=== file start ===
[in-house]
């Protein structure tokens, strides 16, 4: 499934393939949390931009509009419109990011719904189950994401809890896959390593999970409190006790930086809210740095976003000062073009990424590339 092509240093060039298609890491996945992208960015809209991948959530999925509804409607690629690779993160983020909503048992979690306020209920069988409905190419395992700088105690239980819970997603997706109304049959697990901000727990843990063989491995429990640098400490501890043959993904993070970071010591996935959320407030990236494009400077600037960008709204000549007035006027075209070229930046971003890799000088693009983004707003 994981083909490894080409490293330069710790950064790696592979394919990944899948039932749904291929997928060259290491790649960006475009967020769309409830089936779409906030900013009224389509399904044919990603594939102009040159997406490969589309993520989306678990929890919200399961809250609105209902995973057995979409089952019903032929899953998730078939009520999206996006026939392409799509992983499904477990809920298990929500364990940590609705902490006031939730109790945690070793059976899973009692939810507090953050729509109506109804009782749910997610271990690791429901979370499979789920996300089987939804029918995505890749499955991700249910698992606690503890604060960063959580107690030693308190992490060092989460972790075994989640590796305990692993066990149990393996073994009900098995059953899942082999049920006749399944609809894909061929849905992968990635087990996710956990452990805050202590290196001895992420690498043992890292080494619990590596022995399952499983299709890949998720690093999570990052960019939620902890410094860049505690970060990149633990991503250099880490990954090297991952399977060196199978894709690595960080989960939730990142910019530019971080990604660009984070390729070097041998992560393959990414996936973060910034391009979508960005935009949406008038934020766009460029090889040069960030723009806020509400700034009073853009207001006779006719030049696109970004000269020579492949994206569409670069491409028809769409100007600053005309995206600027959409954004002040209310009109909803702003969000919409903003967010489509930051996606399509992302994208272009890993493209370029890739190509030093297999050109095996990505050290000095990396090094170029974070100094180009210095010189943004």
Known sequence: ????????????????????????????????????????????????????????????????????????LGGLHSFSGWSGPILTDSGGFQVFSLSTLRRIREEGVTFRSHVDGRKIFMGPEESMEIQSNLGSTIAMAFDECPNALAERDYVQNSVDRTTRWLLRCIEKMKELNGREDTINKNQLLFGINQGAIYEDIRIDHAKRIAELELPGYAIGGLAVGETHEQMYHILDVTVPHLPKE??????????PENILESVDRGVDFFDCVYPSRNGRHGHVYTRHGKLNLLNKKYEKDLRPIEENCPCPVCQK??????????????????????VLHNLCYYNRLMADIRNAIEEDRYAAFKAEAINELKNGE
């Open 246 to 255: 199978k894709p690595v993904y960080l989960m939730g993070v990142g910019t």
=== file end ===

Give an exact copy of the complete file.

[in-house]
């Protein structure tokens, strides 16, 4: 499934393939949390931009509009419109990011719904189950994401809890896959390593999970409190006790930086809210740095976003000062073009990424590339 092509240093060039298609890491996945992208960015809209991948959530999925509804409607690629690779993160983020909503048992979690306020209920069988409905190419395992700088105690239980819970997603997706109304049959697990901000727990843990063989491995429990640098400490501890043959993904993070970071010591996935959320407030990236494009400077600037960008709204000549007035006027075209070229930046971003890799000088693009983004707003 994981083909490894080409490293330069710790950064790696592979394919990944899948039932749904291929997928060259290491790649960006475009967020769309409830089936779409906030900013009224389509399904044919990603594939102009040159997406490969589309993520989306678990929890919200399961809250609105209902995973057995979409089952019903032929899953998730078939009520999206996006026939392409799509992983499904477990809920298990929500364990940590609705902490006031939730109790945690070793059976899973009692939810507090953050729509109506109804009782749910997610271990690791429901979370499979789920996300089987939804029918995505890749499955991700249910698992606690503890604060960063959580107690030693308190992490060092989460972790075994989640590796305990692993066990149990393996073994009900098995059953899942082999049920006749399944609809894909061929849905992968990635087990996710956990452990805050202590290196001895992420690498043992890292080494619990590596022995399952499983299709890949998720690093999570990052960019939620902890410094860049505690970060990149633990991503250099880490990954090297991952399977060196199978894709690595960080989960939730990142910019530019971080990604660009984070390729070097041998992560393959990414996936973060910034391009979508960005935009949406008038934020766009460029090889040069960030723009806020509400700034009073853009207001006779006719030049696109970004000269020579492949994206569409670069491409028809769409100007600053005309995206600027959409954004002040209310009109909803702003969000919409903003967010489509930051996606399509992302994208272009890993493209370029890739190509030093297999050109095996990505050290000095990396090094170029974070100094180009210095010189943004």
Known sequence: ????????????????????????????????????????????????????????????????????????LGGLHSFSGWSGPILTDSGGFQVFSLSTLRRIREEGVTFRSHVDGRKIFMGPEESMEIQSNLGSTIAMAFDECPNALAERDYVQNSVDRTTRWLLRCIEKMKELNGREDTINKNQLLFGINQGAIYEDIRIDHAKRIAELELPGYAIGGLAVGETHEQMYHILDVTVPHLPKE??????????PENILESVDRGVDFFDCVYPSRNGRHGHVYTRHGKLNLLNKKYEKDLRPIEENCPCPVCQK??????????????????????VLHNLCYYNRLMADIRNAIEEDRYAAFKAEAINELKNGE
């Open 246 to 255: 199978k894709p690595v993904y960080l989960m939730g993070v990142g910019t």